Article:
Diversity and Multiculturalism: A Reader by Shirley R. SteinbergThis reader demands that we understand diversity and multiculturalism by identifying the ways in which curriculum has been written and taught, and by redefining the field with an equitable lens, freeing it from the dominant cultural curriculum. The book problematizes the issue of whiteness, for instance, as not being the opposite of blackness or ?person-of-colorness?, but rather a meta-description for our dominant culture. Issues are also addressed that are usually left out of the discussion about diversity and multiculturalism: this reader includes essays on physical diversity, geographic diversity, and difference in sexualities. This is the quintessential collection of work by critical scholars committed to redefining the conversation on multiculturalism and diversity.
'Great Expectations': The Theme of Crime
Great Expectations Quotes
Which guides should we add? Request one! Sign In Sign Up. Plot Summary. All Characters Pip Pirrip Provis a. Abel Magwitch a.
Quote 1: "I was always treated as if I had insisted on being born in opposition to the dictates of reason, religion, and morality, and against the arguments of my best friends. Quote 2: "We were equals afterwards, as we had been before; but, afterwards at quiet times when I sat looking at Joe and thinking about him, I had a new sensation of feeling conscious that I was looking up to Joe in my heart. Quote 3: "In the little world in which children have their existence, whosoever brings them up, there is nothing so finely perceived and so finely felt, as injustice. Quote 4: "If you can't get to be oncommon through going straight, you'll never get to do it through going crooked. Quote 5: " Quote 6: "There have been occasions in my later life I suppose as in most lives when I have felt for a time as if a thick curtain had fallen on all its interest and romance, to shut me out from anything save dull endurance any more.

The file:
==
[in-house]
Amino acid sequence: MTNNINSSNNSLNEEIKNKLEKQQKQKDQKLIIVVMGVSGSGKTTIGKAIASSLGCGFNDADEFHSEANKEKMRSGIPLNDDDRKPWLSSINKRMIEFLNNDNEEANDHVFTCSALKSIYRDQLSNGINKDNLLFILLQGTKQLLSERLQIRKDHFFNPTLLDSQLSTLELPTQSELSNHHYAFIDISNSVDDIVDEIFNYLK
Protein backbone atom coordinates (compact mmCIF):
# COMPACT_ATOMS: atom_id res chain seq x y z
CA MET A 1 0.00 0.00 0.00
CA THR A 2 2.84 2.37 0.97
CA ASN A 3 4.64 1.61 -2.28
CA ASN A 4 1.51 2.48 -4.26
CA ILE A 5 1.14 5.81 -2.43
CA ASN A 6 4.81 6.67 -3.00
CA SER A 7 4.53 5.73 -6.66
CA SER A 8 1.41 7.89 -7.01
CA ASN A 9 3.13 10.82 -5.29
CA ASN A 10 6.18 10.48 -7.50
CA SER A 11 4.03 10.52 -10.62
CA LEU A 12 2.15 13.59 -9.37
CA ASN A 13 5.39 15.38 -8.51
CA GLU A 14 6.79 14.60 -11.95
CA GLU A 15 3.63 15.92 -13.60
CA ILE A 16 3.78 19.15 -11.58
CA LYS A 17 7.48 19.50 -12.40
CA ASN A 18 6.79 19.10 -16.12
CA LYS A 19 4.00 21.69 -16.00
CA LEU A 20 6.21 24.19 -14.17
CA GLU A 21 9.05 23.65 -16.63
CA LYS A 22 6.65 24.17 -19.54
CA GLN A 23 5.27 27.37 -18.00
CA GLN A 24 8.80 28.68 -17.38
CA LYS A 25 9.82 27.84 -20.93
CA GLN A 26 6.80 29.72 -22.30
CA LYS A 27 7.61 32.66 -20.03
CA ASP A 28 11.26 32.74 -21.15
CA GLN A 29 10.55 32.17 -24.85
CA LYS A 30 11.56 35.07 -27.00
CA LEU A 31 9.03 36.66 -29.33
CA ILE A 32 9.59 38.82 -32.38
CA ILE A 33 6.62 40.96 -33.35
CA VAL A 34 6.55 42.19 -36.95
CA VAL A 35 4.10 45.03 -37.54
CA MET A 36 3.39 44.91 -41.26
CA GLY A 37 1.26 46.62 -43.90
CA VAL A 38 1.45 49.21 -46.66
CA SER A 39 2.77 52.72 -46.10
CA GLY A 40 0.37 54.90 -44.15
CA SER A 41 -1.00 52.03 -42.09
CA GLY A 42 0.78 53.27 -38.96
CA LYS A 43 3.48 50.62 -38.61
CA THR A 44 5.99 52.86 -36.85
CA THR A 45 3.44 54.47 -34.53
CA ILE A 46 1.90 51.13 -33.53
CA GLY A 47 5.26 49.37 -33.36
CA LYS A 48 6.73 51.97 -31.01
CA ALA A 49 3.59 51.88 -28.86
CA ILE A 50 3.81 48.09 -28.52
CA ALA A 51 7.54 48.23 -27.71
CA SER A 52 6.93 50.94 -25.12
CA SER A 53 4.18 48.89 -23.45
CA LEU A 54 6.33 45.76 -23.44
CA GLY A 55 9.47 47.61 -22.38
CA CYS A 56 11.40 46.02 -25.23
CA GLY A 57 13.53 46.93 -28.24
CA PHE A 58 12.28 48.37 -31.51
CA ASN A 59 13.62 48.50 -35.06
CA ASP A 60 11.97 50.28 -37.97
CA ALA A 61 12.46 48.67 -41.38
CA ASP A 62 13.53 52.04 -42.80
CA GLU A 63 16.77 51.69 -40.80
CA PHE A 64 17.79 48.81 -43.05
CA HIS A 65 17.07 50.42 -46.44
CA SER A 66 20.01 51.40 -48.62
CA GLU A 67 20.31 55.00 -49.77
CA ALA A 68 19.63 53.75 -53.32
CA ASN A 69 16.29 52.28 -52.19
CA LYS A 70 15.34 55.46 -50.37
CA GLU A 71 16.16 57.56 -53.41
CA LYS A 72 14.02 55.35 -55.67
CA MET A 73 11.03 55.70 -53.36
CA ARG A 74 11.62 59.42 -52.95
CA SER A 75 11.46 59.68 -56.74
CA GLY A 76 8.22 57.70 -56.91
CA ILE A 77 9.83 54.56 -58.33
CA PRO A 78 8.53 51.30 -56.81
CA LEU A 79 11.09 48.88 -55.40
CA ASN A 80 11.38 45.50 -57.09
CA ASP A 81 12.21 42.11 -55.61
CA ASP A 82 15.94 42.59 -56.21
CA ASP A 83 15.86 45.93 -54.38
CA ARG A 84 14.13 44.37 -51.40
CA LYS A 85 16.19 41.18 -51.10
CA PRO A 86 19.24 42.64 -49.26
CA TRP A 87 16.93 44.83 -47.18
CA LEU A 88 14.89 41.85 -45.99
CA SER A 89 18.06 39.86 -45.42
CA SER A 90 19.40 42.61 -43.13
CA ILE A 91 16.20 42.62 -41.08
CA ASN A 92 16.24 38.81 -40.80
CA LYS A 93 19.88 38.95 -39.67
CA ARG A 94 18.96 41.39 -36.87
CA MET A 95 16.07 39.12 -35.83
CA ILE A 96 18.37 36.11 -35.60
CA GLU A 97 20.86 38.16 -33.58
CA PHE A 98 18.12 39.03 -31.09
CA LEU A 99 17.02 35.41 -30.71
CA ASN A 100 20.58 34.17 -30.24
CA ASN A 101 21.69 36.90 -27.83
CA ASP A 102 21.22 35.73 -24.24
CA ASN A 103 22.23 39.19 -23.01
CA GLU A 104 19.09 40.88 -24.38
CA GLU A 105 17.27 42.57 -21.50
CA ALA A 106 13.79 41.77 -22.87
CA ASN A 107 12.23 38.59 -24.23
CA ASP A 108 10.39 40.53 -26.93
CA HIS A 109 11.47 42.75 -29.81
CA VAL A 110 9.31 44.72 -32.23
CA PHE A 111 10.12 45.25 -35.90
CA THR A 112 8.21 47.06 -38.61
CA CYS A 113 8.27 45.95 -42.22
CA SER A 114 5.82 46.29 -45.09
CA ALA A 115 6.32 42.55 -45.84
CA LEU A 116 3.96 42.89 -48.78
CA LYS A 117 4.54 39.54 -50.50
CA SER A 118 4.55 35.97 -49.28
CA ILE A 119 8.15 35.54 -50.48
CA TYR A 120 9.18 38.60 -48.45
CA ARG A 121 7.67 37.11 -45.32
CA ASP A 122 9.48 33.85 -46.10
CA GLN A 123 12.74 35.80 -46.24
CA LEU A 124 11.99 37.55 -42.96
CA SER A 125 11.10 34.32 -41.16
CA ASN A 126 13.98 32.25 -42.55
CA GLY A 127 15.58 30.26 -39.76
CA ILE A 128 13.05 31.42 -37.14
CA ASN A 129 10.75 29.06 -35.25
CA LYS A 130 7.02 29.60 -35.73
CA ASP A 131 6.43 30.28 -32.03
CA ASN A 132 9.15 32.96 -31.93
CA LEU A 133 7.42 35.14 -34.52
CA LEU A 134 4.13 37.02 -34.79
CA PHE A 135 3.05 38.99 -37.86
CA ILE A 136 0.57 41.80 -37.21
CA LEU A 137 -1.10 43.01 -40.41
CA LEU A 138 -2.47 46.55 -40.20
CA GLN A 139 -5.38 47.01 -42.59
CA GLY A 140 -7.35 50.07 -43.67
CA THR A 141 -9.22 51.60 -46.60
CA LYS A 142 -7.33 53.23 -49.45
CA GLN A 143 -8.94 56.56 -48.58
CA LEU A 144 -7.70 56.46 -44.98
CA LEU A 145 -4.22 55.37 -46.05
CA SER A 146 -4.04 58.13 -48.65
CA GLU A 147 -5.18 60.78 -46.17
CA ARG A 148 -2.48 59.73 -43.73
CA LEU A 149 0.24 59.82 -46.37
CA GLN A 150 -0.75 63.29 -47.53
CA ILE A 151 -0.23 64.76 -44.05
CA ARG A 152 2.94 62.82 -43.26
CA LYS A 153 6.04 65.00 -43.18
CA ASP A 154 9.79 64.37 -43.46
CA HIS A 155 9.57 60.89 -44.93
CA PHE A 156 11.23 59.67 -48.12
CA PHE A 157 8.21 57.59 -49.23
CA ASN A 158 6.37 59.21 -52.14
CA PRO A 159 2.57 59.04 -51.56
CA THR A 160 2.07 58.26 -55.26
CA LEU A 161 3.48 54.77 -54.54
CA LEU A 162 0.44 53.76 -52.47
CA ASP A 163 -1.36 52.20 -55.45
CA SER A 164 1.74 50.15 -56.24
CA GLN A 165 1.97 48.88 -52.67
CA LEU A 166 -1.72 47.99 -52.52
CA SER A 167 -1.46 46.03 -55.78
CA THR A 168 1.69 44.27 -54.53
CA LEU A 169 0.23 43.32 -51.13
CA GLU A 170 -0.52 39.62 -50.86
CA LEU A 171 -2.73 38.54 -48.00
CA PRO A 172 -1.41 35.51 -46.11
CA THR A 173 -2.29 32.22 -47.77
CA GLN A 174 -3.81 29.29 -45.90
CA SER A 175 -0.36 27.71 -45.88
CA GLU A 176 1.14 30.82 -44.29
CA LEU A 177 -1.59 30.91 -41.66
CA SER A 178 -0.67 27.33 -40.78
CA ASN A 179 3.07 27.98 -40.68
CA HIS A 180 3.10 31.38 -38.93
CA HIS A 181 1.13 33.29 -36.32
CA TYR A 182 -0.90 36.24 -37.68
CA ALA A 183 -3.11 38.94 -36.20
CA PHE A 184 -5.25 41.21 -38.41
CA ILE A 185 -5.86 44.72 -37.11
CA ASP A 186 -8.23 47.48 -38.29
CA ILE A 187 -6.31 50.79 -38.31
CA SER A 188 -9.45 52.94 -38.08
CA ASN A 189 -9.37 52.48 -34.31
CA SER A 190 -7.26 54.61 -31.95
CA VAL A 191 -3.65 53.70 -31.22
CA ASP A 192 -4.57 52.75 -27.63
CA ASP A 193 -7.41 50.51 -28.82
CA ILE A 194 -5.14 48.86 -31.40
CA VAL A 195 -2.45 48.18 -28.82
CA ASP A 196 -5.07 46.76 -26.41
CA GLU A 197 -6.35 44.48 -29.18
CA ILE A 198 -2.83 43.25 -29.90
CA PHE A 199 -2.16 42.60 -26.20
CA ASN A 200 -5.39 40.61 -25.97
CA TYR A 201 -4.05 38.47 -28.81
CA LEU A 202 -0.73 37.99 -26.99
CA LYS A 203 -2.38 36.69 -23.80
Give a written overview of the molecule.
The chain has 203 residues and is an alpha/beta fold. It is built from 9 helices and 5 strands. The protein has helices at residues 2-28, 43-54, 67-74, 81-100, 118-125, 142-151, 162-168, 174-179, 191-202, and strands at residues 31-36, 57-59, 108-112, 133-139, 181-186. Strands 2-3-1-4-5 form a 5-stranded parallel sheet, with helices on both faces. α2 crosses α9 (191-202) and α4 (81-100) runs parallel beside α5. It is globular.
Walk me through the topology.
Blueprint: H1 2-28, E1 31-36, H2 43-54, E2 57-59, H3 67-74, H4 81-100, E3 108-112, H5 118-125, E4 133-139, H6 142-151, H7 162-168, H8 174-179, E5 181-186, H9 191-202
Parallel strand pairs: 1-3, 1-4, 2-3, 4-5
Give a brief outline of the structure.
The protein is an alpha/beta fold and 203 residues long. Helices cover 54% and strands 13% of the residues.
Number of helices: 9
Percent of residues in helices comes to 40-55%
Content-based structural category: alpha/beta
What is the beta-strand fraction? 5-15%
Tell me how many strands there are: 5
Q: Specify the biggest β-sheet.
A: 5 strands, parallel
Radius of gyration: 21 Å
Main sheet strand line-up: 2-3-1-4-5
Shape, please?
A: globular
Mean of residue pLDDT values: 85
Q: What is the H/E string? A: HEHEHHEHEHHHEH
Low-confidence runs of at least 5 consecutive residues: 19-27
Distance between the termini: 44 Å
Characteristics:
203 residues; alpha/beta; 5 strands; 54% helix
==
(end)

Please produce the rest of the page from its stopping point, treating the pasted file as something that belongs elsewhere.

Dickens, C. Chapter Great Expectations Lit2Go Edition. Dickens, Charles. Lit2Go Edition. September 25,
Several curious little circumstances transpired as the action proceeded. The late king of the country not only appeared to have been troubled with a cough at the time of his decease, but to have taken it with him to the tomb, and to have brought it back. The royal phantom also carried a ghostly manuscript round its truncheon, to which it had the appearance of occasionally referring, and that, too, with an air of anxiety and a tendency to lose the place of reference which were suggestive of a state of mortality. It was this, I conceive, which led to the Shade's being advised by the gallery to "turn over! It was likewise to be noted of this majestic spirit that whereas it always appeared with an air of having been out a long time and walked an immense distance, it perceptibly came from a closely contiguous wall. This occasioned its terrors to be received derisively.